• clear plastic or sheet of glass from a photo frame
  • bowl of water

I bought sun sensitive paper for my girls as a gift, but today was our first trial. We set out to find objects to place on the paper.  Our first attempt used loose parts.

loose parts on sun sensitive paper1. Create  your designs inside, away from sunlight and put the paper on cardboard or a tray to help carry it outside.

sun sensitive paper

2. Cover the picture with glass to stop it blowing away and keep it flat and place in the sun for 3-5 minutes. The paper will turn white.

sun prints with sun senstive paper

3. Remove the glass and the objects. Place the paper in a bowl of water for 1 minute, to stop the chemical reaction.

4. Remove the pictures and leave to dry.

As you can see, one of the pictures came out clearly, whereas the other had only faint prints.  The girls discussed why this might be.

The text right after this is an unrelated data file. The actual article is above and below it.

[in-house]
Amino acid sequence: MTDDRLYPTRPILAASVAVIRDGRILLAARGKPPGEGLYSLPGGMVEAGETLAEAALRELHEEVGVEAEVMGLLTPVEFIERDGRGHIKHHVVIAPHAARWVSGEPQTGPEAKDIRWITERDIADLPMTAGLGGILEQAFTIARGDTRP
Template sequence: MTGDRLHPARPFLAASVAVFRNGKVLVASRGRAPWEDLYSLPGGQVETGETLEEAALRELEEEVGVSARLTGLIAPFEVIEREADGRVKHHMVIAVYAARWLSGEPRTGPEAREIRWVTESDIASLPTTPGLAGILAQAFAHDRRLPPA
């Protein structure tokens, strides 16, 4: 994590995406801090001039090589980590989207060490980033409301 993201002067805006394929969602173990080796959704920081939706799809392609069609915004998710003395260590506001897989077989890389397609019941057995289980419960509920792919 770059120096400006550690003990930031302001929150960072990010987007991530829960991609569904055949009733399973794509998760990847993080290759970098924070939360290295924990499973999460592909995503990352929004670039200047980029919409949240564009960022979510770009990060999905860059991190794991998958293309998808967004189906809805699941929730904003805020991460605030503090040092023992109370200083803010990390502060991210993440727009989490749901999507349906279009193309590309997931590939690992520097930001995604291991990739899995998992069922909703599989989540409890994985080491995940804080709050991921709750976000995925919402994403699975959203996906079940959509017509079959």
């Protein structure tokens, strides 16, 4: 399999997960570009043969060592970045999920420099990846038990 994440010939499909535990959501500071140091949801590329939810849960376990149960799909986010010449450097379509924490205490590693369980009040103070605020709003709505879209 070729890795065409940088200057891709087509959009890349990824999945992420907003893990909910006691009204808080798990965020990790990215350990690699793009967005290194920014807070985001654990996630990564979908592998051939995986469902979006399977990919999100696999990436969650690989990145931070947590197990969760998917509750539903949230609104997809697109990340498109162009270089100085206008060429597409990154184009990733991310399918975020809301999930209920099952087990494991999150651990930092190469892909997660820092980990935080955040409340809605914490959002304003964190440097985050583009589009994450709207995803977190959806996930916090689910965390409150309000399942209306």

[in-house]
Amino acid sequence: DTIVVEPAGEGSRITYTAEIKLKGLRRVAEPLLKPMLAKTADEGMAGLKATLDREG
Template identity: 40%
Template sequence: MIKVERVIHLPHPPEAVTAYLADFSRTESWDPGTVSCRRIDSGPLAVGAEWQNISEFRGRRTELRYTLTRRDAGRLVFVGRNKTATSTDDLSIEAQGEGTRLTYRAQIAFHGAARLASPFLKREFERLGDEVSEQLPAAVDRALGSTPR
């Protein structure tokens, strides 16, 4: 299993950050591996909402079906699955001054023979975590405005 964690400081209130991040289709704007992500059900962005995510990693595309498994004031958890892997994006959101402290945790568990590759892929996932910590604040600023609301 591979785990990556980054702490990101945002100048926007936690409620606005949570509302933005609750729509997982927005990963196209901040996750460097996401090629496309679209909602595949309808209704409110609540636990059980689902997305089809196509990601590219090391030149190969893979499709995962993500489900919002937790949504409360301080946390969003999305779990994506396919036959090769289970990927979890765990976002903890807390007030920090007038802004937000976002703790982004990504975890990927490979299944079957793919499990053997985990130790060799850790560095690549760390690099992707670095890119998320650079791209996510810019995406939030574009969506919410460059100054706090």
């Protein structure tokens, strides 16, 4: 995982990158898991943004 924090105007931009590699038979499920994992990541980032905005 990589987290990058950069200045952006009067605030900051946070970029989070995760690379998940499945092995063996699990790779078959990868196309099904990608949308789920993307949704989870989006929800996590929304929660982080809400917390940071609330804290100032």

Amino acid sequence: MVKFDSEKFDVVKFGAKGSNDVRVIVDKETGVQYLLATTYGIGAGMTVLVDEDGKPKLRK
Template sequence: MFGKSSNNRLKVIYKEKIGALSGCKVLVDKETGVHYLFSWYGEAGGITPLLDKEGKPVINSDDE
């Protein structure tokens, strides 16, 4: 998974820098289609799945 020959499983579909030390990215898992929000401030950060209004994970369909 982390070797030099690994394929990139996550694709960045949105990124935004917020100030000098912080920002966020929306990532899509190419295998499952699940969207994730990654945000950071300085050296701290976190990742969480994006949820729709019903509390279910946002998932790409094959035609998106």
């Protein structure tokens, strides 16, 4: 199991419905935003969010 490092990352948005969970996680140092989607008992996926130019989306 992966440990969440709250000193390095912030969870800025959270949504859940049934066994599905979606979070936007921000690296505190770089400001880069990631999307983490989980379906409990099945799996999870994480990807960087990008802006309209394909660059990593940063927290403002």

Why did mine work better?  I thought mine was in the sun longer but the other one was definitely in the sun for longer, so I don’t know.

It wasn’t because my things were heavier because I used sequins too. Maybe it wasn’t pressed on as hard?

leaves collected for sun prints

I suggested they try another, to see if they could work it out. This time we searched the garden for natural materials.  Usually, I only let the girls use natural things from the ground, but this time I gave them permission to pick flowers and leaves.  They searched the flower bed and found things they hadn’t seen before,  climbed the tree to reach leaves and lichen and we found that even weeds could have interesting shapes.

They chose their favourites to make a design.

making sun prints

And left them in the sun to develop

sun prints

This batch was both successful.

Sun prints